Business, Finance & Economics

Tunisian fishermen lose boats to migrants

By Marine Olivesi

Player utilities

In the shade of a palm tree, five fishermen sit killing time in the Tunisian village of Zarzis. On a regular day, they'd be sailing right now. Each would bring home about $15 worth of fish and two pounds of fresh calamari for a spaghetti dinner.

Instead, they're arguing over what happened to Mabrouka – their white boat with a sky blue stripe.

"Why did you leave Mabrouka in the water?" Farhat asked his cousin and the boat's owner, Mohammed.

"Where else could I have put the boat – in my bedroom?" Mohammed responded.

Mohammed swears he kept a close eye on Mabrouka – just not close enough, it turned out.

"I stayed until midnight, guarding the boat," Mohammed said. "Then at 3 a.m., I came back to check on it and all I found were fishing nets floating around, but no boat." He added that many boats have been stolen that way.

For smugglers in Zarzis, boats like Mabrouka are a disposable, yet essential, commodity. In the three months since the revolution in Tunisia, about 25,000 Tunisians have sailed illegally to the Italian island of Lampedusa. Authorities there confiscate the boats once the migrants arrive.

Zarzis has become ground zero in the exodus. About 5,000 people from Zarzis alone have left for Lampedusa, many of them in a local fishing boat.

Mohammed's boat was worth about $13,000. He said he was offered more than twice that amount for it, but he refused to sell. The boat belonged to his father, and his grandfather before him. Mohammed said Mabrouka fed his family for two decades. He couldn't possibly sell it.

Now, he said he should have.

Mohammed's wife and two kids have moved back with his in-laws because money is tight without the income from the fishing boat. Mohammed is also missing out on the most lucrative period for fishing in Zarzis; the shrimp season, which just got under way.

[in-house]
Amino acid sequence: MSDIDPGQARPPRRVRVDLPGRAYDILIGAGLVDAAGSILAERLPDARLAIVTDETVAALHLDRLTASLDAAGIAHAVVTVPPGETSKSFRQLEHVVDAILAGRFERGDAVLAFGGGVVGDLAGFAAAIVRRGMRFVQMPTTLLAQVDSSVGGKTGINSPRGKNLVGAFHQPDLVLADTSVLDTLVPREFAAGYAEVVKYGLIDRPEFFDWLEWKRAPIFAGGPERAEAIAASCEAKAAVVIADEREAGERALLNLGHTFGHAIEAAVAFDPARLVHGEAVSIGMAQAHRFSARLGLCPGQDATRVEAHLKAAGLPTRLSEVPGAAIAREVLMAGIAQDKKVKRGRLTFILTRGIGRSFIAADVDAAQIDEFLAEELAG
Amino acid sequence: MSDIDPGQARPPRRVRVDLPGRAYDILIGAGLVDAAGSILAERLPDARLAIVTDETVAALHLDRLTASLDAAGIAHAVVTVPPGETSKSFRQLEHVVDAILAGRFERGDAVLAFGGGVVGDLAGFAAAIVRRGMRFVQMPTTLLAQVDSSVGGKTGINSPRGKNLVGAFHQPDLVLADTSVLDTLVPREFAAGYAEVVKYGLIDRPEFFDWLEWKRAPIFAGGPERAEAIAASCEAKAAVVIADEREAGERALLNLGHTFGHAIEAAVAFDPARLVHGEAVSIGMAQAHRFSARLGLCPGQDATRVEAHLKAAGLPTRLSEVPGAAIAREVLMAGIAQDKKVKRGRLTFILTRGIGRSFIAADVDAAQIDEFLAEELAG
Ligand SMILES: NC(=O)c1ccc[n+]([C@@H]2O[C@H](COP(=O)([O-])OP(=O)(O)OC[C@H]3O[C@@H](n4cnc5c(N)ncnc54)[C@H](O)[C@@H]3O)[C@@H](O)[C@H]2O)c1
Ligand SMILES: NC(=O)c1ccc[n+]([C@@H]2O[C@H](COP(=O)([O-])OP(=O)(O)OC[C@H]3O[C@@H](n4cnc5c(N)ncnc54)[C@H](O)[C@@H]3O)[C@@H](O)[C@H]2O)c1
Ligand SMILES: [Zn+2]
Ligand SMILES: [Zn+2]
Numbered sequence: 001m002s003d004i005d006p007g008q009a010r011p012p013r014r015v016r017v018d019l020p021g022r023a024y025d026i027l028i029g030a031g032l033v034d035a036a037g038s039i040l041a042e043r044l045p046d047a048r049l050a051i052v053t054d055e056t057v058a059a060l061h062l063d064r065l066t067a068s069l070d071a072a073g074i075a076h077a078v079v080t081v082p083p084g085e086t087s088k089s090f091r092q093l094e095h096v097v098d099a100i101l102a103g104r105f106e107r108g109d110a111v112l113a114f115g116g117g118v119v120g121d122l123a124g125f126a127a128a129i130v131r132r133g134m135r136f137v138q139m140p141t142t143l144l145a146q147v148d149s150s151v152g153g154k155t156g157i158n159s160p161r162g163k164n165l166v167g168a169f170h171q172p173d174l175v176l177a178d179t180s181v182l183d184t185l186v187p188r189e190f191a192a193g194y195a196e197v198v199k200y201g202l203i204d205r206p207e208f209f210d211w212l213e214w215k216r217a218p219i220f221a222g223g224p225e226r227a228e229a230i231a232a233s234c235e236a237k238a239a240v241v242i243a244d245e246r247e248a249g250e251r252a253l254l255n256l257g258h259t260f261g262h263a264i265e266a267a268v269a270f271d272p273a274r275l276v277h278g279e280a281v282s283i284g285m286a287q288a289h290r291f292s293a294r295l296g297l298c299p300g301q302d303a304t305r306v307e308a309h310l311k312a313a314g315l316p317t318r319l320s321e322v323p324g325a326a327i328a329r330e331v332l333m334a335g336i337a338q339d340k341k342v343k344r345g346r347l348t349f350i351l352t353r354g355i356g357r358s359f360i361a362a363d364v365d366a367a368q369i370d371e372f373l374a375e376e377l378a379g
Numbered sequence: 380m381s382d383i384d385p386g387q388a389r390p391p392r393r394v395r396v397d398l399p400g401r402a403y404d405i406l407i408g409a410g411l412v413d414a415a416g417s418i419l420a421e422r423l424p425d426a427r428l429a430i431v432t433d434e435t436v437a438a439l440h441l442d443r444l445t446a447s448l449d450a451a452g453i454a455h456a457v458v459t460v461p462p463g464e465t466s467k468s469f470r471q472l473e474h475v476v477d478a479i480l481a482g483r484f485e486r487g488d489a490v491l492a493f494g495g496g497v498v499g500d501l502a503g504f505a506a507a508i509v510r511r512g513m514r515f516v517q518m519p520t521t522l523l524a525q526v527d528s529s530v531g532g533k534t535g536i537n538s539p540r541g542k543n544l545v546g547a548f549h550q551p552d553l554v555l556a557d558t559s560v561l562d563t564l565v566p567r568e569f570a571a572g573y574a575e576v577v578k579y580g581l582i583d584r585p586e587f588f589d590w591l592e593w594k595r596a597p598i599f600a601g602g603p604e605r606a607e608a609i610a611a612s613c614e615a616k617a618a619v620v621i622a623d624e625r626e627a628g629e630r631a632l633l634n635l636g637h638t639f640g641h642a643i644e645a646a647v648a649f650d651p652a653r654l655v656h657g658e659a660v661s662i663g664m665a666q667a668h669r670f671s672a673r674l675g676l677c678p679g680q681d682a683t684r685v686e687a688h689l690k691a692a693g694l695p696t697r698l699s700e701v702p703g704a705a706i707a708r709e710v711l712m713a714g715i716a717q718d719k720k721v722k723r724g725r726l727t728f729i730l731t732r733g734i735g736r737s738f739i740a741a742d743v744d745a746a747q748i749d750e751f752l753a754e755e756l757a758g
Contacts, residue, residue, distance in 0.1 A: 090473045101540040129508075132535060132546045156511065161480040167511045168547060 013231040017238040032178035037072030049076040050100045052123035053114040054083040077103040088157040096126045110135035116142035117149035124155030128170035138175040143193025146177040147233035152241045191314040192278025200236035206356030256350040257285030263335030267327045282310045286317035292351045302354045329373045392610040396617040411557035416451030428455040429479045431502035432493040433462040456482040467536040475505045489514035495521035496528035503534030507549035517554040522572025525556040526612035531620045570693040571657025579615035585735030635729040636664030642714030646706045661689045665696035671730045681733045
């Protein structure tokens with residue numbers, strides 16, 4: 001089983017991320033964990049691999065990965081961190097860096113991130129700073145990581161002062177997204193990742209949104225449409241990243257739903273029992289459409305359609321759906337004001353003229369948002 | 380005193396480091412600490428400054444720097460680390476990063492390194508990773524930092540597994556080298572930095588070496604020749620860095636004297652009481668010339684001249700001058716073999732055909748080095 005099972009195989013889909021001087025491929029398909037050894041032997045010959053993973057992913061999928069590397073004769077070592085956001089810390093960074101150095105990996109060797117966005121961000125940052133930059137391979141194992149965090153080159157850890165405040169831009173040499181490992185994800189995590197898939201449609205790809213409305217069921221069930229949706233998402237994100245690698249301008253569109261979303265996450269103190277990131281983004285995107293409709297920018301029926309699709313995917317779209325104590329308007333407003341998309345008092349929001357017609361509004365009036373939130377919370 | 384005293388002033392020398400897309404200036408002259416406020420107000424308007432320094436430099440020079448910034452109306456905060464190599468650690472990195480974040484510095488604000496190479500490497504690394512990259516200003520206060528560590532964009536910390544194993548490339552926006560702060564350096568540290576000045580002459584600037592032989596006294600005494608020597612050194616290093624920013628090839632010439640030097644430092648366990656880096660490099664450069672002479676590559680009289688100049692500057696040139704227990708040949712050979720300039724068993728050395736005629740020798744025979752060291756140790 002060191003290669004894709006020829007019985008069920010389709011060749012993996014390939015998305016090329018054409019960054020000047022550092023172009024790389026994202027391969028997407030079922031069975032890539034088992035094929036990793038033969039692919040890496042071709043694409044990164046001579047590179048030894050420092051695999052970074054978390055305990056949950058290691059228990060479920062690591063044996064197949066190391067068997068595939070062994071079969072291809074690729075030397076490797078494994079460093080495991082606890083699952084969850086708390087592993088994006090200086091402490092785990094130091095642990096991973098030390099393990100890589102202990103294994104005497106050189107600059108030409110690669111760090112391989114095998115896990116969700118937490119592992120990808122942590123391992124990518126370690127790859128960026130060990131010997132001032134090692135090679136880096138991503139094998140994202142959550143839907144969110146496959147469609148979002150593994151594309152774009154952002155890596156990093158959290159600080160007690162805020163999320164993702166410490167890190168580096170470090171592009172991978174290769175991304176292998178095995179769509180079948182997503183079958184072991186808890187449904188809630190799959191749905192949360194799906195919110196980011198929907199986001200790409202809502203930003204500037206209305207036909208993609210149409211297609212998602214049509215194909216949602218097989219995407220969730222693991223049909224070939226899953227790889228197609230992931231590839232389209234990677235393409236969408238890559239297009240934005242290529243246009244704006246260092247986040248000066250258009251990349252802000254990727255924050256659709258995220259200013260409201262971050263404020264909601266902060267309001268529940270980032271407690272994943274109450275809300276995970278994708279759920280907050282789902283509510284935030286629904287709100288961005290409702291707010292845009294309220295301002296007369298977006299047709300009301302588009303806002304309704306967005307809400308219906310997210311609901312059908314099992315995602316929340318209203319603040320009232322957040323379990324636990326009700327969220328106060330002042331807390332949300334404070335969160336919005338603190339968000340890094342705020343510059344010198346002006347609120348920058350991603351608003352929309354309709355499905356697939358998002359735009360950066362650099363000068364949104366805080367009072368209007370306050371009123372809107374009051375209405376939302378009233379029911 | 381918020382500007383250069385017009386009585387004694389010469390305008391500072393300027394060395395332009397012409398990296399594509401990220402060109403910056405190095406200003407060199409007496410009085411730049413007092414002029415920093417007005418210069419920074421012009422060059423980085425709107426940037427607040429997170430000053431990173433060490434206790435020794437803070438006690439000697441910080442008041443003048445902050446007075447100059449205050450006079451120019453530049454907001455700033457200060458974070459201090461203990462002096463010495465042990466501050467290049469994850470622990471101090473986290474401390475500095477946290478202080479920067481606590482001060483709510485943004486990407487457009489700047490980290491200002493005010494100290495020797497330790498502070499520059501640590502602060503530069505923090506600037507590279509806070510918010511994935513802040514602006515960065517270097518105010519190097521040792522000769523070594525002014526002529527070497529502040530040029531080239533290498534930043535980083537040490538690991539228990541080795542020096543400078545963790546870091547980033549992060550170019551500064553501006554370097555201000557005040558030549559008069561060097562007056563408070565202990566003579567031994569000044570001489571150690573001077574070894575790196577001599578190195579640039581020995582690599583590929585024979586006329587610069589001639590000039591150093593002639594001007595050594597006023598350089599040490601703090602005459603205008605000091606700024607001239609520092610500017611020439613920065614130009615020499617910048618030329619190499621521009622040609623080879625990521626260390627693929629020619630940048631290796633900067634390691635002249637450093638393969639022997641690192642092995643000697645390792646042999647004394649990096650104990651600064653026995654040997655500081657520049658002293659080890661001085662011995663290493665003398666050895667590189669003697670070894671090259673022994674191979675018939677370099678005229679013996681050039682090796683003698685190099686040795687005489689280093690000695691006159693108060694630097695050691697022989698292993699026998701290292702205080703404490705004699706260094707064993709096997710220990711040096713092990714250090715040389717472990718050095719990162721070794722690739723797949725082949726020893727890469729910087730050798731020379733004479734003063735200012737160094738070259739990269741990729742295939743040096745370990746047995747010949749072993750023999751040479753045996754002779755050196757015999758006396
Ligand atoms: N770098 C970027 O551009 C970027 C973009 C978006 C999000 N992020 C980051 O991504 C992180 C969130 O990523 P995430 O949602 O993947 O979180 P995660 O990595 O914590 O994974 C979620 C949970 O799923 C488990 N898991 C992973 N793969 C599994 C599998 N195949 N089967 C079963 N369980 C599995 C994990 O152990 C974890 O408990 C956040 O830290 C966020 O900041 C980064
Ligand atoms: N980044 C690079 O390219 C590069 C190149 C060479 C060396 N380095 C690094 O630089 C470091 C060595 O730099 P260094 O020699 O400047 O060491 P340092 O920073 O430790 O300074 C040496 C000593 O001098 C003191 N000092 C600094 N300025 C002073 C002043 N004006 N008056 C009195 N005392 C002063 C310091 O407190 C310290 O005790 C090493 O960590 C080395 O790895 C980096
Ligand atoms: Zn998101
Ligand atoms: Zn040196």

Half the town's fleet

It's unclear how many other fishermen have been hurt by the spike in boat trafficking. The regional marine authority reported that about 30 boats from Zarzis are now in Italy, but fishermen here say that's a gross understatement. Some estimate that up to 200 boats — more than half of the town's fleet – have been sold or stolen in the past few months.

Mario owns a car rental company, but he said that lately, the boat business is an easier way to make money.

"Right now, you can buy a boat without leaving a single record of the transaction," Mario said. "You give the fisherman money, he gives you his boat. The buyer doesn't need any document. The boat's here for a one-way ride, and to make some money out of it."

Mario admits that he's made a lot of money doing this. It's illegal here to buy boats without a fishing license, but Mario said in today's Tunisia, there are laws, but no law enforcement.

Bouzid Slah, with the regional marine authority's fishing division, doesn't dispute that. He said they've identified about 20 boat traffickers in Zarzis alone, but no one's going after them.

"Right now, everybody is skirting the law in one way or another. We're keeping tabs, but there's nothing else we can do for now," Slah said.

He added that it's hard to know how boat trafficking will affect the fishing economy here in the long run. For now, though, it's a boon for those who still have their boats. They're getting a much higher price for shrimp this year.
Identity

Beyond the price of fish, though, some say the town's identity may take a big hit.

Another fisherman, 23-year old Karim, said fishing here is still a craft, and a lifestyle passed down from father to son.

Karim points to his small blue-and-red boat pitching and tossing on the waves about 100 feet away. It's too windy to go out today, yet he can count on one hand the boats still moored near his own.

Karim said the recent exodus isn't just about boats. Many young fishermen have gone, too. About 20 of his friends are now on the other side of the Mediterranean.

He says his neighborhood used to be full of people to hang out with. "We used to go to the café and chill together in the evening," Karim said. "Now there are only four of us left."

Karim said that's why he hasn't sold his small wooden boat. With most of his fishing buddies gone, his family and his boat are all he's got now.

Comments